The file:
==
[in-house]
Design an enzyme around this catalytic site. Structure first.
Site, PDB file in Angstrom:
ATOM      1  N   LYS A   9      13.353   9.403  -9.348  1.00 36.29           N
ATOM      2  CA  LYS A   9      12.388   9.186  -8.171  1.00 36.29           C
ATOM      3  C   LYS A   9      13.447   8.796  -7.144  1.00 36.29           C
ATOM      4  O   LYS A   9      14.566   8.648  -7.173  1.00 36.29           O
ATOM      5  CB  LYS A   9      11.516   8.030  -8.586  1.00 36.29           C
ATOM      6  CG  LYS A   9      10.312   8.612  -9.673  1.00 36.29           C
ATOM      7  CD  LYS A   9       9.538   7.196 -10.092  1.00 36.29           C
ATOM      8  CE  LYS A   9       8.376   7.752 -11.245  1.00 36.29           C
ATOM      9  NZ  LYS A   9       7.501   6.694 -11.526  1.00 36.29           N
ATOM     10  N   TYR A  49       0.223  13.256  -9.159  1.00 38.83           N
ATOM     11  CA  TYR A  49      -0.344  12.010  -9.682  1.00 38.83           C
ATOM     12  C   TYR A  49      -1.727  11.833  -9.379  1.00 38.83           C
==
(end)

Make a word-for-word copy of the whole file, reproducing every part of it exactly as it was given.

[in-house]
Design an enzyme around this catalytic site. Structure first.
Site, PDB file in Angstrom:
ATOM      1  N   LYS A   9      13.353   9.403  -9.348  1.00 36.29           N
ATOM      2  CA  LYS A   9      12.388   9.186  -8.171  1.00 36.29           C
ATOM      3  C   LYS A   9      13.447   8.796  -7.144  1.00 36.29           C
ATOM      4  O   LYS A   9      14.566   8.648  -7.173  1.00 36.29           O
ATOM      5  CB  LYS A   9      11.516   8.030  -8.586  1.00 36.29           C
ATOM      6  CG  LYS A   9      10.312   8.612  -9.673  1.00 36.29           C
ATOM      7  CD  LYS A   9       9.538   7.196 -10.092  1.00 36.29           C
ATOM      8  CE  LYS A   9       8.376   7.752 -11.245  1.00 36.29           C
ATOM      9  NZ  LYS A   9       7.501   6.694 -11.526  1.00 36.29           N
ATOM     10  N   TYR A  49       0.223  13.256  -9.159  1.00 38.83           N
ATOM     11  CA  TYR A  49      -0.344  12.010  -9.682  1.00 38.83           C
ATOM     12  C   TYR A  49      -1.727  11.833  -9.379  1.00 38.83           C